3. Interview data can provide rich evidence of validity
After administering the final version of the WHI to a second respondent pool (N = 67), I selected a group of high-(N=4) and low-scoring (N=4) respondents to participate in a follow-up semi-structured telephone interview. Interview data were examined and coded first with respect to the six themes developed in the theoretical model and then with respect to emergent themes (Bazeley, 2007). This analysis provides evidence of the validity of the instrument for separating respondents based on their experience of each of the theoretical themes and suggests additional themes for further investigation of workplace happiness.
Joseph F. Albano, Jr.
Albano, J. F., Jr. (2010). Developing a measure and an understanding of the individual experience of happiness at work. Retrieved from ProQuest Dissertations and Theses database. (AAT 3371929)
Aristotle. (2001). Ethica Nicomachea [The Nicomachean Ethics] (W. D. Ross, Trans.). In R. McKeon (Ed.), The basic works of Aristotle (pp. 927-1112). New York: Random House.
Bazeley, P. (2007). Qualitative data analysis with NVivo. London: Sage.
Ryff, C. D. & Keyes, C. L. M. (1995, October). The structure of psychological well-being revisited. Journal of Personality and Social Psychology, 69(4), 719-727.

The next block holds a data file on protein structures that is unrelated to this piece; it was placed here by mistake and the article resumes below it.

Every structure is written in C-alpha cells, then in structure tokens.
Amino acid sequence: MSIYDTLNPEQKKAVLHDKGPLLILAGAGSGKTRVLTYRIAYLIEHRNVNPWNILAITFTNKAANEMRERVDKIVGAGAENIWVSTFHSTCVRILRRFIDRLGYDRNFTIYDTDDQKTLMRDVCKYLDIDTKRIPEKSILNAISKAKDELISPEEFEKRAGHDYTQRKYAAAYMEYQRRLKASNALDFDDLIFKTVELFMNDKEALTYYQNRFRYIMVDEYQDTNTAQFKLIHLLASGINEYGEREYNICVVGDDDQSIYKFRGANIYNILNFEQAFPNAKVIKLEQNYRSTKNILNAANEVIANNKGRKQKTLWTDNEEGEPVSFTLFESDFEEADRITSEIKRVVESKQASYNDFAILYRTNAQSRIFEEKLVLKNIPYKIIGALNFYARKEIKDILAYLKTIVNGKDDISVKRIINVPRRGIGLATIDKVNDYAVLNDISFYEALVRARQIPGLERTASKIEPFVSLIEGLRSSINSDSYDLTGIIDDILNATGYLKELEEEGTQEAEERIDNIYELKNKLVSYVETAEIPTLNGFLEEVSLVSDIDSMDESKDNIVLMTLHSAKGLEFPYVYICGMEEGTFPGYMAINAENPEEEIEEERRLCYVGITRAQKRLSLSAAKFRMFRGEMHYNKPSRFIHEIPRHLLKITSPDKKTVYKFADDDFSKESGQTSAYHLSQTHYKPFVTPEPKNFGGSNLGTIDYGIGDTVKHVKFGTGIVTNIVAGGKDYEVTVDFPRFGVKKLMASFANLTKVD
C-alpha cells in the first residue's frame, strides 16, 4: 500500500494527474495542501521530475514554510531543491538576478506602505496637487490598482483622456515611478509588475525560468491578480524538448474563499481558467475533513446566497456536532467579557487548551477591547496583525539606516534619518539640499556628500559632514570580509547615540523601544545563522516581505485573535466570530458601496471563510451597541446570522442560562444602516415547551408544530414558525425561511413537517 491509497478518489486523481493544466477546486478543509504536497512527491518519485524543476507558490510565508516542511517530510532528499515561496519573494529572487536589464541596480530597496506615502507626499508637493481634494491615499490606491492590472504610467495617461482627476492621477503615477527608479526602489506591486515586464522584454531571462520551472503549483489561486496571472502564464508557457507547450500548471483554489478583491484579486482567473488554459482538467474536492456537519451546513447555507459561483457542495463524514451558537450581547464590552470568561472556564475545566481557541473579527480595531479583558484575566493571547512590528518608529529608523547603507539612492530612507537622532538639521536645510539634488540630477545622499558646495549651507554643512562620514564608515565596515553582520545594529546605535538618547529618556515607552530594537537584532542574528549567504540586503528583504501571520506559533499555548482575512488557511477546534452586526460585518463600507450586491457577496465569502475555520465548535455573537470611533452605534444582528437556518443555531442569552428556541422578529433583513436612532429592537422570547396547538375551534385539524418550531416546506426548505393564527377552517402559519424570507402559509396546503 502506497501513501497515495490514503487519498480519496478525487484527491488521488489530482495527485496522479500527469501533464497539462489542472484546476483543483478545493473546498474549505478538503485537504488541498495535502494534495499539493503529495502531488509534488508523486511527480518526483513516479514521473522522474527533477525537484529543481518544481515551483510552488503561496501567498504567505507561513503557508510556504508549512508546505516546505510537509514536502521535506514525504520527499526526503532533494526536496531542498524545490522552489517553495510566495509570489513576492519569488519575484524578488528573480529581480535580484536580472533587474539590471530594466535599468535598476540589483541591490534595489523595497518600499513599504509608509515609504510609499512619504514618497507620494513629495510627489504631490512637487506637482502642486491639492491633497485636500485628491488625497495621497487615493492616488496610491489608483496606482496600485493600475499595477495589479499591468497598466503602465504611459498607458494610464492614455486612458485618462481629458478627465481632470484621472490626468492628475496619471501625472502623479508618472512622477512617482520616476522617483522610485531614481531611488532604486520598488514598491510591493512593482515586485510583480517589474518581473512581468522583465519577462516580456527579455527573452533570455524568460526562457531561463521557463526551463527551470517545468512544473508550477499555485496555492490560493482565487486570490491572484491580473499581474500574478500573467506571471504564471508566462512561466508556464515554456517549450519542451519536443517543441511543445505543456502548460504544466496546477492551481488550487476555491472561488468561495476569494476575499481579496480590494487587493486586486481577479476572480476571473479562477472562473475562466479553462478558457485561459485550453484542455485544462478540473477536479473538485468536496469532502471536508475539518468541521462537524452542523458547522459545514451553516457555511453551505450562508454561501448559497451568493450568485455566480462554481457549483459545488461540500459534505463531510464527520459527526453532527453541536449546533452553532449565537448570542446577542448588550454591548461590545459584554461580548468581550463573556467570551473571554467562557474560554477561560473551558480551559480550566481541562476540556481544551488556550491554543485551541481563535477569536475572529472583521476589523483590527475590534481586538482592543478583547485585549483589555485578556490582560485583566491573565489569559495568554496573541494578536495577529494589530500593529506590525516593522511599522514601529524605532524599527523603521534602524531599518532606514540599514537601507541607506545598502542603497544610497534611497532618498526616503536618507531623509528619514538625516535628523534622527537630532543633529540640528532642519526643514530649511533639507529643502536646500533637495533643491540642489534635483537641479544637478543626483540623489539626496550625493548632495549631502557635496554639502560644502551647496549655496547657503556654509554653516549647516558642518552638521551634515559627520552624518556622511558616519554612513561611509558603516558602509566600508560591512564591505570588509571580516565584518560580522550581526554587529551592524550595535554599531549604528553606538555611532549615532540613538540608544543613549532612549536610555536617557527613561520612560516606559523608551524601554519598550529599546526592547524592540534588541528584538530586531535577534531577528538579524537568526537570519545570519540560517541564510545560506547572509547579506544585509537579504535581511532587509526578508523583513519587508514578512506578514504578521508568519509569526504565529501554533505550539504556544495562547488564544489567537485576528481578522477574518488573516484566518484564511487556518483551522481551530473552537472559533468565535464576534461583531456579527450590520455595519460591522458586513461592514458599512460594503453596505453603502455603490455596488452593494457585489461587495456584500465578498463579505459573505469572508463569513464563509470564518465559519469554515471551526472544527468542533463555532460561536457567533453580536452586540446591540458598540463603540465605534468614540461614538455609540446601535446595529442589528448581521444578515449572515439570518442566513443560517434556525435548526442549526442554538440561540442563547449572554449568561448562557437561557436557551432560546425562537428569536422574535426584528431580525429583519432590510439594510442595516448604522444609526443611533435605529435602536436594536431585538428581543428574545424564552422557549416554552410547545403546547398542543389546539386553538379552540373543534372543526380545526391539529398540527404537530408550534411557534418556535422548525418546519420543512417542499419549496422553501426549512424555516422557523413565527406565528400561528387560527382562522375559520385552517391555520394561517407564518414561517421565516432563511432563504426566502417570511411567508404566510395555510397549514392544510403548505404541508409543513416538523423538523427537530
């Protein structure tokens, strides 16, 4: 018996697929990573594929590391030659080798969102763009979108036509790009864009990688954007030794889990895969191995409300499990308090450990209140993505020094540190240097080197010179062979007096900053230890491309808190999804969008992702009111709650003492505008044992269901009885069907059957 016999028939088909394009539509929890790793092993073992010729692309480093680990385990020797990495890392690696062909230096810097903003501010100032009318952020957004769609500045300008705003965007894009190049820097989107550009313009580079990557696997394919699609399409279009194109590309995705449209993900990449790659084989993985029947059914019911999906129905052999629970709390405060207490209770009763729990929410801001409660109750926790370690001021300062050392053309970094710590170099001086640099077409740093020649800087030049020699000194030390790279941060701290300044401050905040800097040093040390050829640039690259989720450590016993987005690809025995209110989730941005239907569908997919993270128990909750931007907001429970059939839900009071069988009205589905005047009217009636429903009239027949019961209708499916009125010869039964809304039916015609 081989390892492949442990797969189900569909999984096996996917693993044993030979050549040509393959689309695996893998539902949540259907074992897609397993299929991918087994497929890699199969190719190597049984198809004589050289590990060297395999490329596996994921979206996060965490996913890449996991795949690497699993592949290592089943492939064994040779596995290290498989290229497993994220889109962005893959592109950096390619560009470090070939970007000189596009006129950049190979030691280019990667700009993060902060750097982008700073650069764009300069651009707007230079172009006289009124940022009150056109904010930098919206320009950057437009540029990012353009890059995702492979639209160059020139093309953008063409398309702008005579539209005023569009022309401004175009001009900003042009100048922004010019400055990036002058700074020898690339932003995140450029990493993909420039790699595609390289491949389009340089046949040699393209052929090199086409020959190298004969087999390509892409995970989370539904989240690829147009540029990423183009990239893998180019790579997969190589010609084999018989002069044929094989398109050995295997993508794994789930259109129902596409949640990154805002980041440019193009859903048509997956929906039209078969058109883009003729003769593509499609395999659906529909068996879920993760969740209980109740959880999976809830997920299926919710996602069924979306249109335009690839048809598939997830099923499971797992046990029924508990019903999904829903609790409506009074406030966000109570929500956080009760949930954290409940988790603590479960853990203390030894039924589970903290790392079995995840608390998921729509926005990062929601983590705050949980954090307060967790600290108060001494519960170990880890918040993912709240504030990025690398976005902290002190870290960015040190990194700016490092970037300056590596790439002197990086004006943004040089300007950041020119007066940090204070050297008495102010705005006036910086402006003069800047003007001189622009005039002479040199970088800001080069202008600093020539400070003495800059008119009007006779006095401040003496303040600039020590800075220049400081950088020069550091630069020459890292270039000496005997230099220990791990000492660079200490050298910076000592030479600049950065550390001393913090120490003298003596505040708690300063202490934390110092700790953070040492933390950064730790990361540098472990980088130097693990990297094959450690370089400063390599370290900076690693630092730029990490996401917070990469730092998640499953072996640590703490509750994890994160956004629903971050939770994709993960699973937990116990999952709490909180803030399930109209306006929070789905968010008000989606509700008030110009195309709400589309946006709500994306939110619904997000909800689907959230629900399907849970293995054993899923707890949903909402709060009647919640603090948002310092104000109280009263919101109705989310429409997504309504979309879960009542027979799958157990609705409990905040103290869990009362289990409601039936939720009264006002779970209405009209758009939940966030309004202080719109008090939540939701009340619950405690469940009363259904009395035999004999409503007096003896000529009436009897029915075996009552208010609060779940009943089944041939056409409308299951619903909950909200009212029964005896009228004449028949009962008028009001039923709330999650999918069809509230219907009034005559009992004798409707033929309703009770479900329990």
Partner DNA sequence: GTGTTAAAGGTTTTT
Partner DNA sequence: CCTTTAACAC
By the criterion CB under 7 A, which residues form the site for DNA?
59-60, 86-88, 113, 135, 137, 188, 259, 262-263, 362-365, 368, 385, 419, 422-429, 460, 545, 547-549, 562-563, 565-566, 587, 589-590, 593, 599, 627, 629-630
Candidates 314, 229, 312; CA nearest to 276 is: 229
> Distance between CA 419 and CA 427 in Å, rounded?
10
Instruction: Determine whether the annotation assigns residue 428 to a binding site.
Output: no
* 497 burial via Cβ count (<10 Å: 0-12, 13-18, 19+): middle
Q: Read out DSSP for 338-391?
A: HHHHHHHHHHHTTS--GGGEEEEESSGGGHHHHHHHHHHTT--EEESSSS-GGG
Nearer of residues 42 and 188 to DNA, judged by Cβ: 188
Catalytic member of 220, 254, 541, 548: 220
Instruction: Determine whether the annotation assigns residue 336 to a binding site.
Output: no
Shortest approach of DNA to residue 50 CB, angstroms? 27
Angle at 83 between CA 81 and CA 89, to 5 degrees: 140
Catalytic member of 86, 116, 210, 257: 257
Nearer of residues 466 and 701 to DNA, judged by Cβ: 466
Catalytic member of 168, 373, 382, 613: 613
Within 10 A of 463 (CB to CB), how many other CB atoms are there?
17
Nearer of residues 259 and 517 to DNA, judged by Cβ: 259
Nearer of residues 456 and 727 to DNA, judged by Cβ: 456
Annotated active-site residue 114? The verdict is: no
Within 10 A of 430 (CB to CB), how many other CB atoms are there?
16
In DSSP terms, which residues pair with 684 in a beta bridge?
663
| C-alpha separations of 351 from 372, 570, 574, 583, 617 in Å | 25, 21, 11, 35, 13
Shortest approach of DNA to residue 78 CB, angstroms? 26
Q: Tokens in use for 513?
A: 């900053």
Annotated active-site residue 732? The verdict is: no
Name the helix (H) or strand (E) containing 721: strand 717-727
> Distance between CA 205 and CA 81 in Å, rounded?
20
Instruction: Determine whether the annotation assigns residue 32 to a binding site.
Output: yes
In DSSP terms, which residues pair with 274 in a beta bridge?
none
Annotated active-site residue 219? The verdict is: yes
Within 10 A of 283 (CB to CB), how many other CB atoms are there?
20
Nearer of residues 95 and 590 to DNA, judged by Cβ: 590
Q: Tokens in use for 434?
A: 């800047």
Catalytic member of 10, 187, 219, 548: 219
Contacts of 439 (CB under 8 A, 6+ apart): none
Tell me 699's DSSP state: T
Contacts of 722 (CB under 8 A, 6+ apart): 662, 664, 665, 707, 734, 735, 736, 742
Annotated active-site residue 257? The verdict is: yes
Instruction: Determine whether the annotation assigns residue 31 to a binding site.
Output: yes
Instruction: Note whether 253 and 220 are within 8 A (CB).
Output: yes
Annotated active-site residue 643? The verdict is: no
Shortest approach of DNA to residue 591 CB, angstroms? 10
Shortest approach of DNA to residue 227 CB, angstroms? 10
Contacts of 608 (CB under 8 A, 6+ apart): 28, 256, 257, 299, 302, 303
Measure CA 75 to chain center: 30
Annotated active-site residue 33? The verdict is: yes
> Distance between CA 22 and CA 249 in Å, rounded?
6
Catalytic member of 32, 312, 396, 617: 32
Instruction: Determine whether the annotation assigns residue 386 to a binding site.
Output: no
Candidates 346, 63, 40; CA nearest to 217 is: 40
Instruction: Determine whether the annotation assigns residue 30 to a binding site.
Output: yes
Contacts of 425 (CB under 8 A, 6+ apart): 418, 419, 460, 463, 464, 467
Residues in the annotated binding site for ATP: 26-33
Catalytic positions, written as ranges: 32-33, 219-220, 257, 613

Waterman, A. S. (2004, July). Finding someone to be: Studies on the role of intrinsic motivation in identity formation. Identity, 4(3), 209-228.
Lessons Learned While Developing the Workplace Happiness Index, J.F. Albano, Jr. ... Rasch Measurement Transactions, 2010, 24:3 p. 1292-3
|Rasch Measurement Transactions (free, online)||Rasch Measurement research papers (free, online)||Probabilistic Models for Some Intelligence and Attainment Tests, Georg Rasch||Applying the Rasch Model 3rd. Ed., Bond & Fox||Best Test Design, Wright & Stone|
|Rating Scale Analysis, Wright & Masters||Introduction to Rasch Measurement, E. Smith & R. Smith||Introduction to Many-Facet Rasch Measurement, Thomas Eckes||Invariant Measurement: Using Rasch Models in the Social, Behavioral, and Health Sciences, George Engelhard, Jr.||Statistical Analyses for Language Testers, Rita Green|
|Rasch Models: Foundations, Recent Developments, and Applications, Fischer & Molenaar||Journal of Applied Measurement||Rasch models for measurement, David Andrich||Constructing Measures, Mark Wilson||Rasch Analysis in the Human Sciences, Boone, Stave, Yale|
|in Spanish:||Análisis de Rasch para todos, Agustín Tristán||Mediciones, Posicionamientos y Diagnósticos Competitivos, Juan Ramón Oreja Rodríguez|